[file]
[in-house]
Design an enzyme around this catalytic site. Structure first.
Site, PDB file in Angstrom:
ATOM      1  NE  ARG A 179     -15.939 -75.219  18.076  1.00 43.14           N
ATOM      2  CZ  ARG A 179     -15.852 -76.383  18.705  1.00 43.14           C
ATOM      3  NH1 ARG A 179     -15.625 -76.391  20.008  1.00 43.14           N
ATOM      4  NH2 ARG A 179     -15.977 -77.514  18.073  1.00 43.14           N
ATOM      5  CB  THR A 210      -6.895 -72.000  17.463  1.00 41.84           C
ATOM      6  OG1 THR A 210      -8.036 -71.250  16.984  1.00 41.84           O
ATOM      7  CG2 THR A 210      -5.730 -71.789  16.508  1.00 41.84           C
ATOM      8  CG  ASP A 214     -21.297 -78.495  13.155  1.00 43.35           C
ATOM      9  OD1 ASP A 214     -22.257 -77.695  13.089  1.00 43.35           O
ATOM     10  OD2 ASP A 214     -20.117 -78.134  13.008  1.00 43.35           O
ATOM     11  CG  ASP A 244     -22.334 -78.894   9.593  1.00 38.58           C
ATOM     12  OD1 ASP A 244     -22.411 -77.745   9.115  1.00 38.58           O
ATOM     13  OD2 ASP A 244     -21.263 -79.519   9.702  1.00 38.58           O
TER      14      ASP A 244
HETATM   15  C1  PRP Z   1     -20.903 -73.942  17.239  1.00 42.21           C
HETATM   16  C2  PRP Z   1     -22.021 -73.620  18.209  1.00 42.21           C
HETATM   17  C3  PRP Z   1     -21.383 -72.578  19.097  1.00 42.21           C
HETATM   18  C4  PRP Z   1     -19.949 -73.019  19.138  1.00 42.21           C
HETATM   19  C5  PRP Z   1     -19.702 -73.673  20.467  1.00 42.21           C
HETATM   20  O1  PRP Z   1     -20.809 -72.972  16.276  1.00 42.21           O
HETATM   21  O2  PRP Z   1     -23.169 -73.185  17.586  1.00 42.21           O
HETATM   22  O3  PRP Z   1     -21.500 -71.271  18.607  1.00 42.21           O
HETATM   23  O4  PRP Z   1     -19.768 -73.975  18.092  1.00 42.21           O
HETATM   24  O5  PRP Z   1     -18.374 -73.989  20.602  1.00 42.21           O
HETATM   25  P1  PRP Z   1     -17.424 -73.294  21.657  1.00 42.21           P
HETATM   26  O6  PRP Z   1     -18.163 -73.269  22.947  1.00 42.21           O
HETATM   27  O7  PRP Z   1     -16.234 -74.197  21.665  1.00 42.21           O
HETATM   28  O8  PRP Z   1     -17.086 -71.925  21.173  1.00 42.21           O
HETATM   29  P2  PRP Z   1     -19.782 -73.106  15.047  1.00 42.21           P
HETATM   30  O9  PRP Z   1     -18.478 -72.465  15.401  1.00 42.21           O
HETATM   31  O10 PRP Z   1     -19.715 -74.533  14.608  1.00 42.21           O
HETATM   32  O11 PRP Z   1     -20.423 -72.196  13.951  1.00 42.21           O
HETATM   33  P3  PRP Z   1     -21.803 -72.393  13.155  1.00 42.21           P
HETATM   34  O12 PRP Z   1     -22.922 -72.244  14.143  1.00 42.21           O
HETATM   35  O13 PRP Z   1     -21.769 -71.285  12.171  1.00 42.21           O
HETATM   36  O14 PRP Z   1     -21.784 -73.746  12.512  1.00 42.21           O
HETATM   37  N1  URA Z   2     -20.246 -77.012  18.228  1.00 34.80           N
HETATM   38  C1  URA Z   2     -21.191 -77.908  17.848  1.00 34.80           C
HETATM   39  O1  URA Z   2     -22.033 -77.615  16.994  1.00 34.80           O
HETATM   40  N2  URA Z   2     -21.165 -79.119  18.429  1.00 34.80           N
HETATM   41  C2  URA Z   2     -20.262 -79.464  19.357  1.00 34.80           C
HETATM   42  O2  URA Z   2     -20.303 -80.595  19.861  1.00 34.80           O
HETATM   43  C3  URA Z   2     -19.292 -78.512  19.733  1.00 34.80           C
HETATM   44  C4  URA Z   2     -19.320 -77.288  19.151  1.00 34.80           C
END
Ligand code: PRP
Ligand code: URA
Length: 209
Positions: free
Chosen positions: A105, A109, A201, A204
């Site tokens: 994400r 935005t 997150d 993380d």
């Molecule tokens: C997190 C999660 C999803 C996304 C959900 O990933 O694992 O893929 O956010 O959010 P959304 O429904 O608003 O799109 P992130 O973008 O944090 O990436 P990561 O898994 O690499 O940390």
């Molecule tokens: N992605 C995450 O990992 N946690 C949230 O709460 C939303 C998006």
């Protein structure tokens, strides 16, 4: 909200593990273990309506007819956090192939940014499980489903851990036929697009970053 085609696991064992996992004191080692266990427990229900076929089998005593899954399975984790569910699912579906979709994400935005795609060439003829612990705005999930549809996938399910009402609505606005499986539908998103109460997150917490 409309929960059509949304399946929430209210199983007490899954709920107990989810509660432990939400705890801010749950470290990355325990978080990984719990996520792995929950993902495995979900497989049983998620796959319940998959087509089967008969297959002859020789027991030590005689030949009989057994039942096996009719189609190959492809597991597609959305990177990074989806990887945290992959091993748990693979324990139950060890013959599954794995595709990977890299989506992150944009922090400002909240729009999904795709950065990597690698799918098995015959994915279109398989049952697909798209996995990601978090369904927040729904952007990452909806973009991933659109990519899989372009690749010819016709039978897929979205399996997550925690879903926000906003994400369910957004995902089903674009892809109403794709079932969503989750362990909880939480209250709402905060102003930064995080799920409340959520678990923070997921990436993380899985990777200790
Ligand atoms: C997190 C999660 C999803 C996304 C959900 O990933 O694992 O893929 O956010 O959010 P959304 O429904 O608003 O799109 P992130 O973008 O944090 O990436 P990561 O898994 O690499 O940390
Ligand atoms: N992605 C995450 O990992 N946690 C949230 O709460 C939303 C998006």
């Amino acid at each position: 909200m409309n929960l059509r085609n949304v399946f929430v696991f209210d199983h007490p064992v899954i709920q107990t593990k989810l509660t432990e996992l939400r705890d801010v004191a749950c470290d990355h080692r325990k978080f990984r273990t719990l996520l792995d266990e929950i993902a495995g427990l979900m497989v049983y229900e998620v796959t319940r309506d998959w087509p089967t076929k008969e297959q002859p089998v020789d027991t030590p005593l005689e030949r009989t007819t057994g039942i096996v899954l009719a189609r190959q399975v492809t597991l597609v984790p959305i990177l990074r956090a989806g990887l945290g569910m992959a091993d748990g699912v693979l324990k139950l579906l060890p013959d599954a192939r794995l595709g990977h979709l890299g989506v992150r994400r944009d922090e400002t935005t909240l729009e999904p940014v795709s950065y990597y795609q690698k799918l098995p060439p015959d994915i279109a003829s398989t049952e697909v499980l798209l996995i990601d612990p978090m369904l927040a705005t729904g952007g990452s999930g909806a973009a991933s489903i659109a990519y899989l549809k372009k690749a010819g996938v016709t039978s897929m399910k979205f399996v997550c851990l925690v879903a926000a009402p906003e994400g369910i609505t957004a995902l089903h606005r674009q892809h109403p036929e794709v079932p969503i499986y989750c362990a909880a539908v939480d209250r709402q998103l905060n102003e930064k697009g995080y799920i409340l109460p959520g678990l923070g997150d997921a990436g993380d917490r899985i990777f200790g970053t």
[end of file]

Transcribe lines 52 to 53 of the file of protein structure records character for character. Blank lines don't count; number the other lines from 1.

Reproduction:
Positions: free
Chosen positions: A105, A109, A201, A204